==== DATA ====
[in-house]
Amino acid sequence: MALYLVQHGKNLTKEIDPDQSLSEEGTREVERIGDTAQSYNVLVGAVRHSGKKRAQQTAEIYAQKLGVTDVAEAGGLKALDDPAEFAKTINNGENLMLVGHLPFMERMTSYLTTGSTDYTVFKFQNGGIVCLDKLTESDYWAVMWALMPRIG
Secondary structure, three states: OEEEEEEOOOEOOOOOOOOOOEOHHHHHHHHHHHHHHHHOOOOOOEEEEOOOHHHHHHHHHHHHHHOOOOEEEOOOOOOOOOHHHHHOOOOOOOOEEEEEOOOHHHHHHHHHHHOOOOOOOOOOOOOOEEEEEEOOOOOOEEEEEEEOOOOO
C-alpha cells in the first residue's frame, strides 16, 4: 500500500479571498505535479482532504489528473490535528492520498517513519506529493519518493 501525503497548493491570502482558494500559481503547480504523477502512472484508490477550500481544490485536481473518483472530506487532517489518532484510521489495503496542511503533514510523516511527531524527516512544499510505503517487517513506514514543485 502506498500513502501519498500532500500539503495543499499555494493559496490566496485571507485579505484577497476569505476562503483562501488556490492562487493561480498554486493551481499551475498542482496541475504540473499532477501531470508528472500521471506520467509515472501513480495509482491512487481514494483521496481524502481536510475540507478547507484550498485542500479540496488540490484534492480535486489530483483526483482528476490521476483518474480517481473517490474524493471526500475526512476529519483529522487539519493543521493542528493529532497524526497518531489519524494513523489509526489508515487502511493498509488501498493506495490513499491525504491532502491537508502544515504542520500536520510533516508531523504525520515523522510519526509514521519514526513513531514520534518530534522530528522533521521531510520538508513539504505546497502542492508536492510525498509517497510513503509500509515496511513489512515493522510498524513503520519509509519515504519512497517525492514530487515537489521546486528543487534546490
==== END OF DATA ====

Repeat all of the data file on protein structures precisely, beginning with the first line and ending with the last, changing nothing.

[in-house]
Amino acid sequence: MALYLVQHGKNLTKEIDPDQSLSEEGTREVERIGDTAQSYNVLVGAVRHSGKKRAQQTAEIYAQKLGVTDVAEAGGLKALDDPAEFAKTINNGENLMLVGHLPFMERMTSYLTTGSTDYTVFKFQNGGIVCLDKLTESDYWAVMWALMPRIG
Secondary structure, three states: OEEEEEEOOOEOOOOOOOOOOEOHHHHHHHHHHHHHHHHOOOOOOEEEEOOOHHHHHHHHHHHHHHOOOOEEEOOOOOOOOOHHHHHOOOOOOOOEEEEEOOOHHHHHHHHHHHOOOOOOOOOOOOOOEEEEEEOOOOOOEEEEEEEOOOOO
C-alpha cells in the first residue's frame, strides 16, 4: 500500500479571498505535479482532504489528473490535528492520498517513519506529493519518493 501525503497548493491570502482558494500559481503547480504523477502512472484508490477550500481544490485536481473518483472530506487532517489518532484510521489495503496542511503533514510523516511527531524527516512544499510505503517487517513506514514543485 502506498500513502501519498500532500500539503495543499499555494493559496490566496485571507485579505484577497476569505476562503483562501488556490492562487493561480498554486493551481499551475498542482496541475504540473499532477501531470508528472500521471506520467509515472501513480495509482491512487481514494483521496481524502481536510475540507478547507484550498485542500479540496488540490484534492480535486489530483483526483482528476490521476483518474480517481473517490474524493471526500475526512476529519483529522487539519493543521493542528493529532497524526497518531489519524494513523489509526489508515487502511493498509488501498493506495490513499491525504491532502491537508502544515504542520500536520510533516508531523504525520515523522510519526509514521519514526513513531514520534518530534522530528522533521521531510520538508513539504505546497502542492508536492510525498509517497510513503509500509515496511513489512515493522510498524513503520519509509519515504519512497517525492514530487515537489521546486528543487534546490